Tracking Multiple Domains with Google Analytics

Tracking multiple domains with Google Analytics can be challenging, you have to know that what you’re reporting, trending and analyzing is based on accurate data.  Otherwise, you will lack proper source that attributes towards your sales and goal conversions. Unless you have a master rollup account to report all of the data from the various sites, it’s very difficult to get accurate data.

In this post, I’m going to focus on explaining how to track multiple domains and help you make sure that you’re reporting accurate source attribution.  Whenever you have multiple domains, it’s easy for the data to get lost and you end up with a lot of referring traffic back to one of your websites and this doesn’t help if you’re a marketer.

Before we get into this in more depth, let’s discuss the basics about cross-domain tracking.  Google’s ga.js javascript looks for the existence of the first party cookie that’s on your computer.  If it doesn’t find a cookie, then it views that visitor as unique, someone who’s never been to your site.  First party cookies don’t transfer between domain names for security reasons and they have to be sent over to a 3rd party domain using GA paramaters in the link (or using an iframe).

Scenario

Let’s pretend Storefront-A.com (Account A) sells children clothing and Storefront-B.com (Account B) sells adult clothing, in this case I made the illustration show 2 pages per site.  What you would want to do is setup 3rd Google Analytics accounts tracking full eCommerce transactions under one master profile. Let’s call the 3rd account (Account C), Clothing Holdings, which would collect all the data. Make sure the master profile (Account C) has no filters, this will help you have a baseline to refer to if you make any mistakes.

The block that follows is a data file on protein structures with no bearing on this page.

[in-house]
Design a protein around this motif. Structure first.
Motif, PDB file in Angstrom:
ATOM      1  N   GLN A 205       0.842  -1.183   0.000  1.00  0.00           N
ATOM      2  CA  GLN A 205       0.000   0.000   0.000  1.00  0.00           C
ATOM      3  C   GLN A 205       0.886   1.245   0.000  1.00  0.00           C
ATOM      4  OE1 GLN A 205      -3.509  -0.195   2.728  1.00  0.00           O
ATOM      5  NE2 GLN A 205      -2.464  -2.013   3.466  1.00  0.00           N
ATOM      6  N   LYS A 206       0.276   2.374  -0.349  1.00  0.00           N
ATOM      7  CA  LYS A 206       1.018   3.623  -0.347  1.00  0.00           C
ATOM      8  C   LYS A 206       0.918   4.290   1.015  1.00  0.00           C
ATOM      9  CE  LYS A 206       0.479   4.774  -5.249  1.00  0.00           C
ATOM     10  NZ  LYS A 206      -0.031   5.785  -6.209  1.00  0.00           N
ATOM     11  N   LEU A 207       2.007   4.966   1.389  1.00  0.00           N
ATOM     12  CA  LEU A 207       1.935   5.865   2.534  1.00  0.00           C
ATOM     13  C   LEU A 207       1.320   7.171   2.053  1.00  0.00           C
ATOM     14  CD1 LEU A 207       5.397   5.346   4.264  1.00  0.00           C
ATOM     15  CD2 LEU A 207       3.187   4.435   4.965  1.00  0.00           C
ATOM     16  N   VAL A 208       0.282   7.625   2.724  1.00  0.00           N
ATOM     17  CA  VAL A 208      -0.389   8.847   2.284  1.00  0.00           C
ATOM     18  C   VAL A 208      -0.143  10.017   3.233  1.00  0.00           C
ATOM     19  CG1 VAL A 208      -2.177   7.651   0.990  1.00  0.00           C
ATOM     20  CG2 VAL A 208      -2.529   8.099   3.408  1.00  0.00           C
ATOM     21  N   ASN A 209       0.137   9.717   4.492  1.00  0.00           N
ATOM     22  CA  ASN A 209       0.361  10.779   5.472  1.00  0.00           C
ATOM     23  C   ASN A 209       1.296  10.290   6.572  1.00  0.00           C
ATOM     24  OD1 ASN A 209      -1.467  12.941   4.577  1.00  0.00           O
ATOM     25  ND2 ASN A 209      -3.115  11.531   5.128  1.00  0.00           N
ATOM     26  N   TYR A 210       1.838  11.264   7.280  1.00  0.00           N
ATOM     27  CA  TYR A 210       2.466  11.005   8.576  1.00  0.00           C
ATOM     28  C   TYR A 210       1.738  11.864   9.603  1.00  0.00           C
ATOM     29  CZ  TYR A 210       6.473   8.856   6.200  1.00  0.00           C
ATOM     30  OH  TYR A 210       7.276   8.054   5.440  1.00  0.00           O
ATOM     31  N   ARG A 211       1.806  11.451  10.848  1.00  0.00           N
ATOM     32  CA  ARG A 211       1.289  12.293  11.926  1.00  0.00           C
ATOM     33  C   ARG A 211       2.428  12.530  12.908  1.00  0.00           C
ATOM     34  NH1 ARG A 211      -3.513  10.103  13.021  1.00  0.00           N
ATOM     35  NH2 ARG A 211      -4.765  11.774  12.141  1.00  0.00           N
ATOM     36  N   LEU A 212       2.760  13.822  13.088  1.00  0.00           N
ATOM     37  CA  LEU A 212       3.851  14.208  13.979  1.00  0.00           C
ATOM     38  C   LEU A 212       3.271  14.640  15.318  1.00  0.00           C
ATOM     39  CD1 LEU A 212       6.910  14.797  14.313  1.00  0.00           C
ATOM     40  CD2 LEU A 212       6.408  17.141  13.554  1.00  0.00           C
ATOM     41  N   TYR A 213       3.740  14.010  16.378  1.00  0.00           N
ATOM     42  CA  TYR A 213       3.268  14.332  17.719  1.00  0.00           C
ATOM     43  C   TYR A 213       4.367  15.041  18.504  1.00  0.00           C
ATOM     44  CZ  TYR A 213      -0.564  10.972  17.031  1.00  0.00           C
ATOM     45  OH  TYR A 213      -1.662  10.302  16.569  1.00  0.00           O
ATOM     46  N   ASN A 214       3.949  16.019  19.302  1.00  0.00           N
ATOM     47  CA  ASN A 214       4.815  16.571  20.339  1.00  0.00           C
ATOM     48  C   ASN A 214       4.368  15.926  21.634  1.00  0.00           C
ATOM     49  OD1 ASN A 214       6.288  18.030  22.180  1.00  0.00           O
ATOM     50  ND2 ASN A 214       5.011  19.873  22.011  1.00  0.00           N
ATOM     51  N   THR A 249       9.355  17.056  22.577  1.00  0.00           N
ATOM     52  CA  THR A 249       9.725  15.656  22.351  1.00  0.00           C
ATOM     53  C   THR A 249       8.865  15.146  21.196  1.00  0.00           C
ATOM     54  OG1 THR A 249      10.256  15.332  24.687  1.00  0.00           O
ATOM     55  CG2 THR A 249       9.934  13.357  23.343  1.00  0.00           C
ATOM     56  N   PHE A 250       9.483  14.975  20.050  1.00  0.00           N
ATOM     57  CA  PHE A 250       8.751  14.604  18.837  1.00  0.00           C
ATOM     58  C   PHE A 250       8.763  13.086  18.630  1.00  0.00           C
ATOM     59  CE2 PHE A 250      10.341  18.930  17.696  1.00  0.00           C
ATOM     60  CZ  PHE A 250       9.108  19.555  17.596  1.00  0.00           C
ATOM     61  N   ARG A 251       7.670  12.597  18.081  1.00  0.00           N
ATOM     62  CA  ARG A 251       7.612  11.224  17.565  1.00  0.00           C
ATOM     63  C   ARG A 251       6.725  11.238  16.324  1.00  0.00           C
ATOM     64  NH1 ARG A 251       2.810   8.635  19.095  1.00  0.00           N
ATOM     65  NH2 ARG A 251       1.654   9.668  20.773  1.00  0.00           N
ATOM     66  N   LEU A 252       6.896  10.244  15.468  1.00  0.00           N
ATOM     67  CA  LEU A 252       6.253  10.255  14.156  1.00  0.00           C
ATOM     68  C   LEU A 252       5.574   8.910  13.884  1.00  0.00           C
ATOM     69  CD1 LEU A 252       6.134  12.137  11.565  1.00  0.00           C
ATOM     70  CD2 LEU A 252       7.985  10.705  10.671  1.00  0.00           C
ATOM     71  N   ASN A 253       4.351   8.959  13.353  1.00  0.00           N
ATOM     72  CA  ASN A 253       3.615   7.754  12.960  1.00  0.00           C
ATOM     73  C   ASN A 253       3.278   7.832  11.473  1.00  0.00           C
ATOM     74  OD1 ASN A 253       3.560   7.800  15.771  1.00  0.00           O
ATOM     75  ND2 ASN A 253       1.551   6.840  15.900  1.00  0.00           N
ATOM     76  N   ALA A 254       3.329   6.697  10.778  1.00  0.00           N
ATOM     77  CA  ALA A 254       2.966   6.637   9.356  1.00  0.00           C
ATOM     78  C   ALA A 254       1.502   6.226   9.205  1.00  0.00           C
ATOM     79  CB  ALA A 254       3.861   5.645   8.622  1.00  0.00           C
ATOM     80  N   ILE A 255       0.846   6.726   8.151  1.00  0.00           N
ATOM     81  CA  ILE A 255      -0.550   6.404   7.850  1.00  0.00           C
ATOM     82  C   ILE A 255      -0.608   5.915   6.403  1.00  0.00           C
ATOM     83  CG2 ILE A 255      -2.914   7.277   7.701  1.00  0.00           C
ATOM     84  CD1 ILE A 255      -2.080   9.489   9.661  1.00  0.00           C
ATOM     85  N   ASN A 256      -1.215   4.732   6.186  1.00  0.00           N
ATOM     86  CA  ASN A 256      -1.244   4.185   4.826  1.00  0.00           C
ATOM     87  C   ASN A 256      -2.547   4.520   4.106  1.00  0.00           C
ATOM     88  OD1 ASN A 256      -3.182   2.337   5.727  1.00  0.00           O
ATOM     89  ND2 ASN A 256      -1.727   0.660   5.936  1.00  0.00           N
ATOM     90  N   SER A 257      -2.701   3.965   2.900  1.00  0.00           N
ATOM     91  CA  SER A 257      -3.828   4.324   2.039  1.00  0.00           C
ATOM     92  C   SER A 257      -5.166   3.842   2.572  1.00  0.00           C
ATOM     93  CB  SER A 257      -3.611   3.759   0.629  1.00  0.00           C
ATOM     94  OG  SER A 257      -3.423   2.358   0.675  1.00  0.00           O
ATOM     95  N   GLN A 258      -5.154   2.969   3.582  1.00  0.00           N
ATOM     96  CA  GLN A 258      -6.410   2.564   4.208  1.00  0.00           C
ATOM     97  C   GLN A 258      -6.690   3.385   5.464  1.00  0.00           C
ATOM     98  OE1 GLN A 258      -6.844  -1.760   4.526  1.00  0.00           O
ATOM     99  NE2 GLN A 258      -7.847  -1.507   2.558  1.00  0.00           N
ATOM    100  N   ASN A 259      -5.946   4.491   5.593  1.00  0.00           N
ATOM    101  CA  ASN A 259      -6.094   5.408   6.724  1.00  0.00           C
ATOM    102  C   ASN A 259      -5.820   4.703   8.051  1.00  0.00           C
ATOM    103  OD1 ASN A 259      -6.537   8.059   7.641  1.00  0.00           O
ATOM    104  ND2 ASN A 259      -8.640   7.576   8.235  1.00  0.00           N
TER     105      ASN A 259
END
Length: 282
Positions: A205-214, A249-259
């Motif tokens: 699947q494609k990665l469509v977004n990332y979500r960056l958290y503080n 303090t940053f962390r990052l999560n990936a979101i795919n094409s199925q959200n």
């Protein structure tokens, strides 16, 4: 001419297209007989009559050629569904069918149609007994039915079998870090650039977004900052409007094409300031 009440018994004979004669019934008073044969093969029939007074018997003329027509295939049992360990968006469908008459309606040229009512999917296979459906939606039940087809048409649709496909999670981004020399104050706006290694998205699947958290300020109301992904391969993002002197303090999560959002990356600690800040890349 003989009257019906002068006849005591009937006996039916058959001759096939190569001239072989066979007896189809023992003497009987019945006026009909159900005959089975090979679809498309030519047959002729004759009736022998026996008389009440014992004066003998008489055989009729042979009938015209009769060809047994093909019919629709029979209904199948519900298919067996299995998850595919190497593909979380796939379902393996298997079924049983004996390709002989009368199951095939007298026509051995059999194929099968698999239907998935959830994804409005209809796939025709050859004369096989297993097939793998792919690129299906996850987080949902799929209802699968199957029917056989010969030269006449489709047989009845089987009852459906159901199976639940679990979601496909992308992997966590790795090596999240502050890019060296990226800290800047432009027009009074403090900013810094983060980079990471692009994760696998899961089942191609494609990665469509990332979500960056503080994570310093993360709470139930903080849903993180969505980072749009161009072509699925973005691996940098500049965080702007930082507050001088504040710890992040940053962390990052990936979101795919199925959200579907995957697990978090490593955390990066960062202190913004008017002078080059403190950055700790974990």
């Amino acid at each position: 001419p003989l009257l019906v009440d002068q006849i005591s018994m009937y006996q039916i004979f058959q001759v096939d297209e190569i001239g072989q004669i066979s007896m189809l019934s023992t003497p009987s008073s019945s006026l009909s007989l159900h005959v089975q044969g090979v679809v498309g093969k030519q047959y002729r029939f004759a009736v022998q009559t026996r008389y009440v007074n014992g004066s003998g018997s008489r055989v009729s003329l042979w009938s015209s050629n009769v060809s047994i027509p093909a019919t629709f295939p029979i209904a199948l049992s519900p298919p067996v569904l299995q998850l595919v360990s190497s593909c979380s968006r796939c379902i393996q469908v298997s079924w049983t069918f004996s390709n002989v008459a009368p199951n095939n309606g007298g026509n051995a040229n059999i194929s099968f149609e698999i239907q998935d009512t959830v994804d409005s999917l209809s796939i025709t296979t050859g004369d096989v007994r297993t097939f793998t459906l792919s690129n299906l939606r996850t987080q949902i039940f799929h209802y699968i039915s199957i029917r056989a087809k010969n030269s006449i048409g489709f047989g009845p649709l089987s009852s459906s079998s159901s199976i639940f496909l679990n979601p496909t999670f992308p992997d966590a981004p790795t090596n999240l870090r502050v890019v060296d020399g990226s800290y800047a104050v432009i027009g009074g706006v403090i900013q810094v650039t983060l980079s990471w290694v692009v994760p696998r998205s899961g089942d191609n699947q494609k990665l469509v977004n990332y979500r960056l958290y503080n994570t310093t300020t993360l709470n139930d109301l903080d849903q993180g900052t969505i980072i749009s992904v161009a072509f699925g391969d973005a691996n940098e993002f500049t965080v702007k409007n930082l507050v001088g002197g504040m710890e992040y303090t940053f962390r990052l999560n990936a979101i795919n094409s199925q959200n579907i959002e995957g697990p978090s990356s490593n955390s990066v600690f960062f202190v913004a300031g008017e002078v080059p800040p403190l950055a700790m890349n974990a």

Next, you have to make your sure all your Google Analytics and Adwords accounts are linked up, you’ve opted into data sharing in your Analytics account and you’ve enabled auto-tagging in your Adwords account.

This is what you should be left with based on the illustration and scenario:

  • 2 websites – Storefront-A.com(UA-XXXXXXXXX-A), Storefront-B.com(UA-XXXXXXXXX-B)
  • Reports (Master Profile) – Landing pages or websites report to this account (UA-XXXXXXXXX-C)

Implementation

I’m going to break it down further, a vistor finds you through the children’s clothing site, Storefront-A.com, and then clicks on a link within your web site to the adult clothing store, Storefront-B.com.  If you use Google Analytics on each web site independently, you won’t be able to know which landing page contributed to a sale or goal completion on the other site.  You won’t be able to know the duration of the visit starting from the other website leading up to sale, whether it was an organic or paid search term and even the keyword.  The only information that would show up in Google Analytics would be that the visitor was a referrer from your other web site and the referrer would be the page on your other site that had the link.